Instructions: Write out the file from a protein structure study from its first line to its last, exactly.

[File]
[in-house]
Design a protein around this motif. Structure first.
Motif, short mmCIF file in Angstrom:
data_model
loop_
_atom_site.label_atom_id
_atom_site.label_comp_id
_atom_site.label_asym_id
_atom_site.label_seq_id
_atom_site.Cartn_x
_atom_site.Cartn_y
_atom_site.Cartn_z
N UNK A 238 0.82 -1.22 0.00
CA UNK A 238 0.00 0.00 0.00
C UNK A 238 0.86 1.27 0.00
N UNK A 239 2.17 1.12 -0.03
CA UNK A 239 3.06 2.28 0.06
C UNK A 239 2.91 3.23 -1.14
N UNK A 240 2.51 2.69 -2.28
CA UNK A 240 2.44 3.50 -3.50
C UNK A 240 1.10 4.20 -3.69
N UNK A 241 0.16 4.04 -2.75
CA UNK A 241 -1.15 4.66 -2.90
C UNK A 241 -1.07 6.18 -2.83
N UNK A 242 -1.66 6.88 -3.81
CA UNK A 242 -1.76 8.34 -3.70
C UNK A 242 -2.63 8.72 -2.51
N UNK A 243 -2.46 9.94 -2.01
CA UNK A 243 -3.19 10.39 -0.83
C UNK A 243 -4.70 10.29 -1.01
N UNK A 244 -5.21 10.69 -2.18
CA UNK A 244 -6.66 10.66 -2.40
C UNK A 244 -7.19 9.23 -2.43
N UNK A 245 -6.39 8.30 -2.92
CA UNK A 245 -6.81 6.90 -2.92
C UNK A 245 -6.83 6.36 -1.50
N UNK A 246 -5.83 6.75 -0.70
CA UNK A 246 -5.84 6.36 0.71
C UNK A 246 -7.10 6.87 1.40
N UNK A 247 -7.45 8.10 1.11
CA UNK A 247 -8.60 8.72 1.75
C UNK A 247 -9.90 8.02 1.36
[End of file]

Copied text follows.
[in-house]
Design a protein around this motif. Structure first.
Motif, short mmCIF file in Angstrom:
data_model
loop_
_atom_site.label_atom_id
_atom_site.label_comp_id
_atom_site.label_asym_id
_atom_site.label_seq_id
_atom_site.Cartn_x
_atom_site.Cartn_y
_atom_site.Cartn_z
N UNK A 238 0.82 -1.22 0.00
CA UNK A 238 0.00 0.00 0.00
C UNK A 238 0.86 1.27 0.00
N UNK A 239 2.17 1.12 -0.03
CA UNK A 239 3.06 2.28 0.06
C UNK A 239 2.91 3.23 -1.14
N UNK A 240 2.51 2.69 -2.28
CA UNK A 240 2.44 3.50 -3.50
C UNK A 240 1.10 4.20 -3.69
N UNK A 241 0.16 4.04 -2.75
CA UNK A 241 -1.15 4.66 -2.90
C UNK A 241 -1.07 6.18 -2.83
N UNK A 242 -1.66 6.88 -3.81
CA UNK A 242 -1.76 8.34 -3.70
C UNK A 242 -2.63 8.72 -2.51
N UNK A 243 -2.46 9.94 -2.01
CA UNK A 243 -3.19 10.39 -0.83
C UNK A 243 -4.70 10.29 -1.01
N UNK A 244 -5.21 10.69 -2.18
CA UNK A 244 -6.66 10.66 -2.40
C UNK A 244 -7.19 9.23 -2.43
N UNK A 245 -6.39 8.30 -2.92
CA UNK A 245 -6.81 6.90 -2.92
C UNK A 245 -6.83 6.36 -1.50
N UNK A 246 -5.83 6.75 -0.70
CA UNK A 246 -5.84 6.36 0.71
C UNK A 246 -7.10 6.87 1.40
N UNK A 247 -7.45 8.10 1.11
CA UNK A 247 -8.60 8.72 1.75
C UNK A 247 -9.90 8.02 1.36